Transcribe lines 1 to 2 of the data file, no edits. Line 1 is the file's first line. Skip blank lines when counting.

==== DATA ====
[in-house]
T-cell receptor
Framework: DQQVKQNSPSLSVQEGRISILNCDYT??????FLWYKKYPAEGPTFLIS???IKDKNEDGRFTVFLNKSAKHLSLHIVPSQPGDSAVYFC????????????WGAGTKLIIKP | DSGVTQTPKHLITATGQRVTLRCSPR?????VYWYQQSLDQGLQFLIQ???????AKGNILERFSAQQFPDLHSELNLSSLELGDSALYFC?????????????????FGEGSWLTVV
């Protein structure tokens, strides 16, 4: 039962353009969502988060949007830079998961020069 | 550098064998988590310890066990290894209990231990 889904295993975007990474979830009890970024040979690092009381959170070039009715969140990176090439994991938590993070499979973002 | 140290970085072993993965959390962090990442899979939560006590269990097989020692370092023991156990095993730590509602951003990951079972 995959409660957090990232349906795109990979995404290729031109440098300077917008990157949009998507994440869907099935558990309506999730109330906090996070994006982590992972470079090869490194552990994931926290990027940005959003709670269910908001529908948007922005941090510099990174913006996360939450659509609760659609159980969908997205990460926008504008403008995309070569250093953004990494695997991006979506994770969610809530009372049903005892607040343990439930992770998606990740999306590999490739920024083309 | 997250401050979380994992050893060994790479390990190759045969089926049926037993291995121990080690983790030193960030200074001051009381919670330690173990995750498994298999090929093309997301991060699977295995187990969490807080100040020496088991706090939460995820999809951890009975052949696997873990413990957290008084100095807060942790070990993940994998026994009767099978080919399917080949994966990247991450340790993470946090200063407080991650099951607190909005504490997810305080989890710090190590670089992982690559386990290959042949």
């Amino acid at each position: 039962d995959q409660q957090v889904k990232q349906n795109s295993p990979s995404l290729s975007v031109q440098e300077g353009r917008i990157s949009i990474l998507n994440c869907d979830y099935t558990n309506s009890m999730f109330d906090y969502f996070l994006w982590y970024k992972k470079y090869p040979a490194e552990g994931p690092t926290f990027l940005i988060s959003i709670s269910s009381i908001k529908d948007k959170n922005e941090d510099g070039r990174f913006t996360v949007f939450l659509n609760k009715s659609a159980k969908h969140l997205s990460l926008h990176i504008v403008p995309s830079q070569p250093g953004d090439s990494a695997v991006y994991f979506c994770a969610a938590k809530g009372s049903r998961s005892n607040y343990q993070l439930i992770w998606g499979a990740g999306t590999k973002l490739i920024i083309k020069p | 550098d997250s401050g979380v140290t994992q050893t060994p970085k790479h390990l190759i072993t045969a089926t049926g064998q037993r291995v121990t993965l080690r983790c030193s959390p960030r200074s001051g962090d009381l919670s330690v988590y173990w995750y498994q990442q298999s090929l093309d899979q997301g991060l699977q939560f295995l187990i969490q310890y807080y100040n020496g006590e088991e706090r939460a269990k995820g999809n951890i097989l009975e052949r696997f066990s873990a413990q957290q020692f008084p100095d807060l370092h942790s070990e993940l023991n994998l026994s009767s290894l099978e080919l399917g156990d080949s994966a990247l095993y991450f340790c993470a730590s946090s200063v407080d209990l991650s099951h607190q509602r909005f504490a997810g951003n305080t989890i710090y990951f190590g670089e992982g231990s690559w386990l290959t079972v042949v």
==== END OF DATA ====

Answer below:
[in-house]
T-cell receptor